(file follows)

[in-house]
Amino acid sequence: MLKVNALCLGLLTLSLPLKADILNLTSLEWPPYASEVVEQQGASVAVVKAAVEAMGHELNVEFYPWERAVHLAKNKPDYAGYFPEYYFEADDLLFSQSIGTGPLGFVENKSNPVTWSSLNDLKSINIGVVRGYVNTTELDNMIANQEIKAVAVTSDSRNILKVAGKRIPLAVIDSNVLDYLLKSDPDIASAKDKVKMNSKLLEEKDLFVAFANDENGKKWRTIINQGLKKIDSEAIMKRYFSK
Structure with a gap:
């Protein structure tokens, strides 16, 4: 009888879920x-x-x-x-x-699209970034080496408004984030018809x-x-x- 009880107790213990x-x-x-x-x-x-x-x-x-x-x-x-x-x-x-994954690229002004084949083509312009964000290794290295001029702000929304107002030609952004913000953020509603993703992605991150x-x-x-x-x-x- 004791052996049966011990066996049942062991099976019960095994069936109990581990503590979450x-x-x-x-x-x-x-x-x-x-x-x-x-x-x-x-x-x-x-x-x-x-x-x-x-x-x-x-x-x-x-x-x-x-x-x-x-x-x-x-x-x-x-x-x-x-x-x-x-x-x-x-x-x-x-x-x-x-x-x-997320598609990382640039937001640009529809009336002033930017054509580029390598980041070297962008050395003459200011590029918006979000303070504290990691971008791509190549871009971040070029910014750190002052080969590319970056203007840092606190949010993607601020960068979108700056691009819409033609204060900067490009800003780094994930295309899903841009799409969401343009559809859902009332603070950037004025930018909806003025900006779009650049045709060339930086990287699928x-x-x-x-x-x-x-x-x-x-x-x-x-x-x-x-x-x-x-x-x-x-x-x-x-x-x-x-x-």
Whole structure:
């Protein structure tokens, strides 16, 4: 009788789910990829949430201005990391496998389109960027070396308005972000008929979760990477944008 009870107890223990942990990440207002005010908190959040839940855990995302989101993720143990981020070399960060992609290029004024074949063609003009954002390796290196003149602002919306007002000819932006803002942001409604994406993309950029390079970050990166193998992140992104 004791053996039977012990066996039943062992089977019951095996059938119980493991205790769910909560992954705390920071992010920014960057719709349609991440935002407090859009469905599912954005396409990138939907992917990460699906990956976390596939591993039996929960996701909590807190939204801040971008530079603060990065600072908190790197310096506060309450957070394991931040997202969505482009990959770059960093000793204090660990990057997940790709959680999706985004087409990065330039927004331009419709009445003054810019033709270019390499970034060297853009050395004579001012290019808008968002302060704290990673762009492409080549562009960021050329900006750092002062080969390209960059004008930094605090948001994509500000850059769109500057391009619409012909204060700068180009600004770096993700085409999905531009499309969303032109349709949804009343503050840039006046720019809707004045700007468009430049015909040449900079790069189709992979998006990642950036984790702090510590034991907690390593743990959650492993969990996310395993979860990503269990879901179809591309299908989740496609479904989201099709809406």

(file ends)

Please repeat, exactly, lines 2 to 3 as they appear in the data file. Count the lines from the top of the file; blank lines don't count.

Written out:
Amino acid sequence: MLKVNALCLGLLTLSLPLKADILNLTSLEWPPYASEVVEQQGASVAVVKAAVEAMGHELNVEFYPWERAVHLAKNKPDYAGYFPEYYFEADDLLFSQSIGTGPLGFVENKSNPVTWSSLNDLKSINIGVVRGYVNTTELDNMIANQEIKAVAVTSDSRNILKVAGKRIPLAVIDSNVLDYLLKSDPDIASAKDKVKMNSKLLEEKDLFVAFANDENGKKWRTIINQGLKKIDSEAIMKRYFSK
Structure with a gap: